Violet Doughtery, 72, isn’t about to let cancer get the best of her.

Violet Doughtery, 72, isn’t about to let cancer get the best of her.

“Ninety-eight percent of your cure is your attitude. And my main thought is: I know that God was with me all these years and I know He will be in the future. I feel my job isn’t done yet,” said the Lake Ariel resident.
“I’m a 20-year survivor,” she said.

Violet, who overcame breast cancer in 1991, is now dealing with bone cancer. She’s had it in her upper arm and upper part of her leg as well as her sternum and back. They’re called  “hot spots” and they pop up all over, she said. 

“What has happened, it has metastasized into my bones. I’ve had radiation six times since 1995. I’ve had different types of treatment for the bones and for the breast cells,” she said.

“I go once a month for a shot in the bones and once a month for breast.” It’s a combined appointment.

Struggling to stay on top of her health, Violet is in need of a ride to monthly chemotherapy treatment as well as various medical appointments.

Dealing with neuropathy, which causes her arms and feet to go numb, the Hideout resident is unable to drive herself.

Her husband takes her when he can, but hip surgery makes long rides painful; so, she tries not to rely on him too much.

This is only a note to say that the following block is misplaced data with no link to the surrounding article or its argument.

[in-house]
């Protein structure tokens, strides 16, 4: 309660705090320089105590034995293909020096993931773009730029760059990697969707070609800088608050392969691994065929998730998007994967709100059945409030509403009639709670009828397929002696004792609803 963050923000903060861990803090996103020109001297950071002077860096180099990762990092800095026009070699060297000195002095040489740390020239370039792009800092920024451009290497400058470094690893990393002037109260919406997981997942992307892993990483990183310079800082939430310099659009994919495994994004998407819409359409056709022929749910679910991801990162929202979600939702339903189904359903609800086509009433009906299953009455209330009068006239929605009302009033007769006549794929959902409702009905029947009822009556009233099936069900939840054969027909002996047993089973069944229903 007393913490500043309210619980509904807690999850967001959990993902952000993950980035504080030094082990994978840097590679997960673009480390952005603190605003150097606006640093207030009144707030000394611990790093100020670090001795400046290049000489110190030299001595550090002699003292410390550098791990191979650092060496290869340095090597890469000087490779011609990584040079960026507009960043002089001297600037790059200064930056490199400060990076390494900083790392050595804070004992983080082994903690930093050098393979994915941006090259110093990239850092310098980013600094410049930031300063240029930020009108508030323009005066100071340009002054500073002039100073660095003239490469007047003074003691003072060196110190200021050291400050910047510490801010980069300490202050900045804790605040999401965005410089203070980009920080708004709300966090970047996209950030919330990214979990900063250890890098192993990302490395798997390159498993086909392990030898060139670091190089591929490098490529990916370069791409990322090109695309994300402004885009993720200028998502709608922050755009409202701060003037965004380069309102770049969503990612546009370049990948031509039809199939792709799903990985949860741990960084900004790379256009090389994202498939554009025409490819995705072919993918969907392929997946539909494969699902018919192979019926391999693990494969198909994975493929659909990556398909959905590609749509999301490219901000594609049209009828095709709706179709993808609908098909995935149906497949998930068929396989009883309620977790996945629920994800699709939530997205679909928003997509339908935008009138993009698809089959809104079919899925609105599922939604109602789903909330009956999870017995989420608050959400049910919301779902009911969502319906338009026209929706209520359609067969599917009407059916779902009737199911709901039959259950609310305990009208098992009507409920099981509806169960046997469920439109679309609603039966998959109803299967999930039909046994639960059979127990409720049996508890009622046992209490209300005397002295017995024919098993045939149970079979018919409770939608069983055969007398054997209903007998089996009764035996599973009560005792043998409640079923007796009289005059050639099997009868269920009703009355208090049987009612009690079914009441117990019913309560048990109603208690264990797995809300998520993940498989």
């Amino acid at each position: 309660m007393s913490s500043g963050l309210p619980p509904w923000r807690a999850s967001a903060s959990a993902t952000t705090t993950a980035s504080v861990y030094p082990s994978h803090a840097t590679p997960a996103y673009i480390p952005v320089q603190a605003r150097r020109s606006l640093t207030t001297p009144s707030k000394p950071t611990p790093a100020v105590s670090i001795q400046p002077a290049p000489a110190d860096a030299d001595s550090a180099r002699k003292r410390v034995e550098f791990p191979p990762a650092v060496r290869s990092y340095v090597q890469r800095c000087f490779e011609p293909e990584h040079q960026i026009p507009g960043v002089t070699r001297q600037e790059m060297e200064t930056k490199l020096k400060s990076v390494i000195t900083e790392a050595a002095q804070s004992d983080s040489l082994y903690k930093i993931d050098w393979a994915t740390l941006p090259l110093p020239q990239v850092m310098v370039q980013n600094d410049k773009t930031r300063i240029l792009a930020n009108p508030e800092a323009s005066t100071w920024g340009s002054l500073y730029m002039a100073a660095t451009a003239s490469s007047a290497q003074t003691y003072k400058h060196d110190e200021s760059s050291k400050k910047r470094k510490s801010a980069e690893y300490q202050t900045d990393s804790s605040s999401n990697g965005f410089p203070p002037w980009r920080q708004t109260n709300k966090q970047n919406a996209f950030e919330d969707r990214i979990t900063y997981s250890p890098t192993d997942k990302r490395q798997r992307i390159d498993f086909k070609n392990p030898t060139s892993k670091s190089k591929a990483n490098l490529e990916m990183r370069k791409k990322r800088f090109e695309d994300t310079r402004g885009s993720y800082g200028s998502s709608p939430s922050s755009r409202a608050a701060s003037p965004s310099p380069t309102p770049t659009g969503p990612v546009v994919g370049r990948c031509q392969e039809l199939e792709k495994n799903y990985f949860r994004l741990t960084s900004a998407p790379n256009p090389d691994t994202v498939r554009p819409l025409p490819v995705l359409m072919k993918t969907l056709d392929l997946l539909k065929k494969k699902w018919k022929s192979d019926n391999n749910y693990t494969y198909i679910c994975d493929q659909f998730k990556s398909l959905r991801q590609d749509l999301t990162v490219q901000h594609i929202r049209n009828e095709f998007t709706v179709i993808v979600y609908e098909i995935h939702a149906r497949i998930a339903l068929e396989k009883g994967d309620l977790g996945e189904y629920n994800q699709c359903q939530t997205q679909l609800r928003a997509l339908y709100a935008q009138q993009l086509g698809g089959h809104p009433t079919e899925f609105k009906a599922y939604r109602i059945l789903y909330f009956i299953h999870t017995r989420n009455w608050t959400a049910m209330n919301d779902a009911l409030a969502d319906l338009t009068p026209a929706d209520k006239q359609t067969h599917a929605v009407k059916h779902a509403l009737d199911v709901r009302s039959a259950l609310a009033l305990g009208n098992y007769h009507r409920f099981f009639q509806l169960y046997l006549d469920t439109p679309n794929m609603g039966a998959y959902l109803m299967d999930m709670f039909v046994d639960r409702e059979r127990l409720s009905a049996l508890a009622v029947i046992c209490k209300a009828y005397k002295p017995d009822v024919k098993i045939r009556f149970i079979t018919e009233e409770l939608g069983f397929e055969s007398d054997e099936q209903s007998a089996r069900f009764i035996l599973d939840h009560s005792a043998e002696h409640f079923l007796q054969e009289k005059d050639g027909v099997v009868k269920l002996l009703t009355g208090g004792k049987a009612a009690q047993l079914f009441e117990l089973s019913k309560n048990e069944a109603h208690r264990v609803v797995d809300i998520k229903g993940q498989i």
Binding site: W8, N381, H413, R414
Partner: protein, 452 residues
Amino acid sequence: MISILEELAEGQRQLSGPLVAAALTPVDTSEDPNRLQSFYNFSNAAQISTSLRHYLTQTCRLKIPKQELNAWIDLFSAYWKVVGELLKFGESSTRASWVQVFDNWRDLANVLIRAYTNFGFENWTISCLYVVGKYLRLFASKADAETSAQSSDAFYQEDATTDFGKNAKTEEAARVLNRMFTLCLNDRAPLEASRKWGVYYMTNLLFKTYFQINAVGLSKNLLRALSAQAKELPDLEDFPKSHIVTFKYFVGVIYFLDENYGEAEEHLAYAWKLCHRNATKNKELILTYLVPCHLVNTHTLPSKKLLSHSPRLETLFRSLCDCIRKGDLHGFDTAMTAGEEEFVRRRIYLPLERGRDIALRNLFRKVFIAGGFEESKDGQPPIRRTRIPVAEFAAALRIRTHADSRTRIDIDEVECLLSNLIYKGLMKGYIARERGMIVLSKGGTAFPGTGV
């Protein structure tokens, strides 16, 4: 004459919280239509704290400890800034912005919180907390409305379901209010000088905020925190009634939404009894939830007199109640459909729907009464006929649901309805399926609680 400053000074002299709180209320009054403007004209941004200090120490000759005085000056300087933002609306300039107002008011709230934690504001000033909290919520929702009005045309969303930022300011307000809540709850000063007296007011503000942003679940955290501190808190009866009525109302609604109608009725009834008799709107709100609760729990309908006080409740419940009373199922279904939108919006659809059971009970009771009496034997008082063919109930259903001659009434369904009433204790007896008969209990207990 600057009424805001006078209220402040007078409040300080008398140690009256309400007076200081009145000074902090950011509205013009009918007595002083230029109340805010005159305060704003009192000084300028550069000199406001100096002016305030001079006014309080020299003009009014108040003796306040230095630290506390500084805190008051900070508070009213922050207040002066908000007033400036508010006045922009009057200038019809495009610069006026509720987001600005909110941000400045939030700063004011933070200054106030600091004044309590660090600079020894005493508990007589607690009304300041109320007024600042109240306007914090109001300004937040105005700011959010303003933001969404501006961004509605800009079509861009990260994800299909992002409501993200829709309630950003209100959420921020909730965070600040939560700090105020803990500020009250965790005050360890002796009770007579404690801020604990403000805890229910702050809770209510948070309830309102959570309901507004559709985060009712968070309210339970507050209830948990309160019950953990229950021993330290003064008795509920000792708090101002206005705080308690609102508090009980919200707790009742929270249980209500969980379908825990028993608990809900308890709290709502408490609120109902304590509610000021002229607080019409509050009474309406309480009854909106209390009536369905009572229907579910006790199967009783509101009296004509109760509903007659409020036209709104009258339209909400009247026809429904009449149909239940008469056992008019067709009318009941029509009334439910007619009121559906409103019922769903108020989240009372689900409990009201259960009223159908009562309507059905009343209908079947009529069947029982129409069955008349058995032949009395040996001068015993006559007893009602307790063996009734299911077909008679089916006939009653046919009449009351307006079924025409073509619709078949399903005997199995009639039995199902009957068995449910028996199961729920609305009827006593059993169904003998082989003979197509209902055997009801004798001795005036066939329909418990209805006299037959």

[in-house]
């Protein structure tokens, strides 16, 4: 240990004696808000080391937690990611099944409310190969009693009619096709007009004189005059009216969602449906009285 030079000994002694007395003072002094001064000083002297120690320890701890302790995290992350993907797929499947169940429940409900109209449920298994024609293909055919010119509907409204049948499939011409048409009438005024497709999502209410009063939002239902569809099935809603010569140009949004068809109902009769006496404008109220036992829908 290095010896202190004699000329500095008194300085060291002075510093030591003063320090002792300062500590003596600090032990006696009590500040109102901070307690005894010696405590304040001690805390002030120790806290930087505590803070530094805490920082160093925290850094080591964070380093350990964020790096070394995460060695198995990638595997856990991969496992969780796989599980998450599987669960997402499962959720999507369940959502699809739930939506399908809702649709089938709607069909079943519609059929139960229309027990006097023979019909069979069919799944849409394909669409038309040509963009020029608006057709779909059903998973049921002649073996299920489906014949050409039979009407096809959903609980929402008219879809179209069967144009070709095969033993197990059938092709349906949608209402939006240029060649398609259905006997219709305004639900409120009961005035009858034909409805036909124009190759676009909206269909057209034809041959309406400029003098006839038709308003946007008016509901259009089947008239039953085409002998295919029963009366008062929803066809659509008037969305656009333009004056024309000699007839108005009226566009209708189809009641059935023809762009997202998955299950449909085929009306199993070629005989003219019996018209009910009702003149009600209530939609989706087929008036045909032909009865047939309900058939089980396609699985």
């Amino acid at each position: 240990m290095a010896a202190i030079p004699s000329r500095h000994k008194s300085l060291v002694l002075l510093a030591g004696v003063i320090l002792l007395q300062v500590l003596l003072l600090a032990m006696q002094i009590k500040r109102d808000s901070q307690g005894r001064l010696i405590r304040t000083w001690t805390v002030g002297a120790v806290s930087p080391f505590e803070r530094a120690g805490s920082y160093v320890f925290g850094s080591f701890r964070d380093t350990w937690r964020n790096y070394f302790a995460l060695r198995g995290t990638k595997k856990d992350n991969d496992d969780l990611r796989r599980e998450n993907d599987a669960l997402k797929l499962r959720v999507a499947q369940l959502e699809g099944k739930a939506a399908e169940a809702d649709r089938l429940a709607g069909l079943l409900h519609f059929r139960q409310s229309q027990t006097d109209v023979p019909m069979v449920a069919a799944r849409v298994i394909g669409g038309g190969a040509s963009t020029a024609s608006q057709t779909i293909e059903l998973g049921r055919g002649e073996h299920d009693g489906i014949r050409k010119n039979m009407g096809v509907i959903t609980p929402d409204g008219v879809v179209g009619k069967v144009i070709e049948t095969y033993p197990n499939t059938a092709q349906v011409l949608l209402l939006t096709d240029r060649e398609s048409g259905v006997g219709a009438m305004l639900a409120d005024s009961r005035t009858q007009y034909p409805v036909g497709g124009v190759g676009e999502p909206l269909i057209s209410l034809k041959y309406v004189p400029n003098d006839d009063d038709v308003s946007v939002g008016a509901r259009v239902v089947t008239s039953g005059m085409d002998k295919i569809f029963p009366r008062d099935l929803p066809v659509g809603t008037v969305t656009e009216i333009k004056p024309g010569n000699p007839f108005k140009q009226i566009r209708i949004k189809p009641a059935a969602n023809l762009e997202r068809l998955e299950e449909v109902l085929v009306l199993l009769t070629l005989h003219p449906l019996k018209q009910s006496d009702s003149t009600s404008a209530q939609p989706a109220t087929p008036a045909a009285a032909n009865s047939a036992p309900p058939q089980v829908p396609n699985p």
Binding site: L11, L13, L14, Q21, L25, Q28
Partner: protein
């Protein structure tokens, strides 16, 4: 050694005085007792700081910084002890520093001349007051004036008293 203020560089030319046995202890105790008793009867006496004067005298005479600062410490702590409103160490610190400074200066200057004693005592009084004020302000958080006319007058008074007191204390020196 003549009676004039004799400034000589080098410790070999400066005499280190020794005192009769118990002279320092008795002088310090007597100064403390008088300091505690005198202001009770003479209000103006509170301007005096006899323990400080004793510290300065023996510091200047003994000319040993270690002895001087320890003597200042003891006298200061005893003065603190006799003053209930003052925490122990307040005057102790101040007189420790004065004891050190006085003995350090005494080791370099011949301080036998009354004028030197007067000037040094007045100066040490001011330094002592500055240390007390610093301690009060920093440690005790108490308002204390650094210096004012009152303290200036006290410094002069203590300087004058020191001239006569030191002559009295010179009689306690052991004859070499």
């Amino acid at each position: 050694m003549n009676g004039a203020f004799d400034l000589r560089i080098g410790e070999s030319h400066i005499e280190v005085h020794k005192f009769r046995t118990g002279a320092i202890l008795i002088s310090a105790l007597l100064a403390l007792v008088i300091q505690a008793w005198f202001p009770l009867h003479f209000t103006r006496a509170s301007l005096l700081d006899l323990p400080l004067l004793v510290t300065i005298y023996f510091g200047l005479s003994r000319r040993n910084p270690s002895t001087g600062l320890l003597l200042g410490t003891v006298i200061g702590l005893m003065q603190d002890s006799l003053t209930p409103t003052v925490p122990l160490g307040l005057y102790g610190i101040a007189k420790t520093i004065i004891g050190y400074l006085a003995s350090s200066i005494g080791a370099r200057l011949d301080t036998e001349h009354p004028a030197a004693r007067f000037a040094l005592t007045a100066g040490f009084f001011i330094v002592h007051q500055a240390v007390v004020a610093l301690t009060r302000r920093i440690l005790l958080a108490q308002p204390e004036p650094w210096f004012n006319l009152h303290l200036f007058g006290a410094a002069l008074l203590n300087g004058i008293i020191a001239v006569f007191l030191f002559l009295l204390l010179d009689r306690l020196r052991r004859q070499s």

That’s where the American Cancer Society steps in and tries to help out with their Road to Recovery program.

“Our motto is: Having cancer’s hard, finding help shouldn’t be,” says Lyndsey Cumello, Community Volunteer Involvement Director with the American Cancer Society in Taylor. “That’s why we’re trying to be a  presence in the community, helping out where we can.”

Though they try to meet every request for a driver that they can, Cumello said they “don’t always have an adequate number of volunteers. We could use a ton more.

 “In the rural areas, we have more difficulty finding Road to Recovery drivers,” said “That’s our program where volunteers will sign up to transport patients to their treatments. And we have difficulty with it because the more rural they are the farther away from hospitals and treatment facilities.

“We currently have four drivers in Wayne. And we do offer mileage reimbursement,” Cumello said.

Their program is very flexible, she said.

 “You just let us know when you’re available and we’ll utilize you when we can. We’ll definitely try and fill those spots.”

If you’d like further information or would like to volunteer, please call 1-800-ACS-2345 or 570-562-9749 ext. 340.

Cumello may also be reached by email: 
Violet, who’s received help getting to therapy appoints, says, “I appreciate anything that anyone can do for me.”